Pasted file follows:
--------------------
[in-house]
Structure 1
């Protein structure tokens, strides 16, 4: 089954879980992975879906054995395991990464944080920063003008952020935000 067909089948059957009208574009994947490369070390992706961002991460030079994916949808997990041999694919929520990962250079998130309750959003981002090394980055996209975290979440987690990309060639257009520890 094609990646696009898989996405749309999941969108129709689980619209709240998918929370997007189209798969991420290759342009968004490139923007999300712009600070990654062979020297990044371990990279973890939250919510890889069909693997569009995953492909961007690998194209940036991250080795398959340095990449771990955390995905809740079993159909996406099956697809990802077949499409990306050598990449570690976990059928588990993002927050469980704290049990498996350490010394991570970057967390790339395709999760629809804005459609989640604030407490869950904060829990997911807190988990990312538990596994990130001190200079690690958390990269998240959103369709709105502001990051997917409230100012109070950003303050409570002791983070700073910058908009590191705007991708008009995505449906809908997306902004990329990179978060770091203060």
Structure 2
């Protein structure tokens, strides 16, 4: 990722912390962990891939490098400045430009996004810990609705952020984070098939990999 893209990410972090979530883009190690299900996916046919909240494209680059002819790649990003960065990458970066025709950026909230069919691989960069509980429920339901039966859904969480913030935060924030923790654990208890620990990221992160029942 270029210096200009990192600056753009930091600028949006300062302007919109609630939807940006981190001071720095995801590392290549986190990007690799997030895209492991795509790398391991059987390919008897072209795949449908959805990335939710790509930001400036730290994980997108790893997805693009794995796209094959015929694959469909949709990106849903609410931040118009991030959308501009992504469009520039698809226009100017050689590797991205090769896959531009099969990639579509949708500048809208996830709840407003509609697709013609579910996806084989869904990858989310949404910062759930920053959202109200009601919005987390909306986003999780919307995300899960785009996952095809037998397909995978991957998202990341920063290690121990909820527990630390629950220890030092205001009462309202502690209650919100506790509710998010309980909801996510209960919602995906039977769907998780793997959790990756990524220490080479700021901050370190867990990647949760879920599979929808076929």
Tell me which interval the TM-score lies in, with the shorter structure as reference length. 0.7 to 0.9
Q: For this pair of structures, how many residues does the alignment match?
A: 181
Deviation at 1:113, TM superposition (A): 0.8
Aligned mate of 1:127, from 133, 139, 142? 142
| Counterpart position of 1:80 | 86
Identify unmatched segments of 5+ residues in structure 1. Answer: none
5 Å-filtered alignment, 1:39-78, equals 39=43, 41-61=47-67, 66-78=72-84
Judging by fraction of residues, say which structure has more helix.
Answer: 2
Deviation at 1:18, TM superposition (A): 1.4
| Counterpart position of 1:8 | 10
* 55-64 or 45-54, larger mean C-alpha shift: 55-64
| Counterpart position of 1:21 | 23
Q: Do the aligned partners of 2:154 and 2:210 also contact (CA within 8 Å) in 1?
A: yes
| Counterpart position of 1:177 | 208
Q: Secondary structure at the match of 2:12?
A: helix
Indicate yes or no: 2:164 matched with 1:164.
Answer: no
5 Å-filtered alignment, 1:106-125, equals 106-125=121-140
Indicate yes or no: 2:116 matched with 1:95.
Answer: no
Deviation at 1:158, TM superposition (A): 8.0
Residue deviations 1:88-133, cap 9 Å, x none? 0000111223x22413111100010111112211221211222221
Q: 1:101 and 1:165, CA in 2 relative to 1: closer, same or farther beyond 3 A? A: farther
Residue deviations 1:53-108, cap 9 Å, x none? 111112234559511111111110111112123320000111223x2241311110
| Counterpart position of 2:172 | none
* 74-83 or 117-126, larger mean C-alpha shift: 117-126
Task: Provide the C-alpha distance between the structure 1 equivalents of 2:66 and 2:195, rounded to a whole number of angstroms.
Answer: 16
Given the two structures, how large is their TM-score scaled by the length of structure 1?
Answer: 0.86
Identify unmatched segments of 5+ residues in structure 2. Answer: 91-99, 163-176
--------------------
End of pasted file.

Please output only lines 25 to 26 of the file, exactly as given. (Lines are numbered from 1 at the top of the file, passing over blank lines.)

Indicate yes or no: 2:164 matched with 1:164.
Answer: no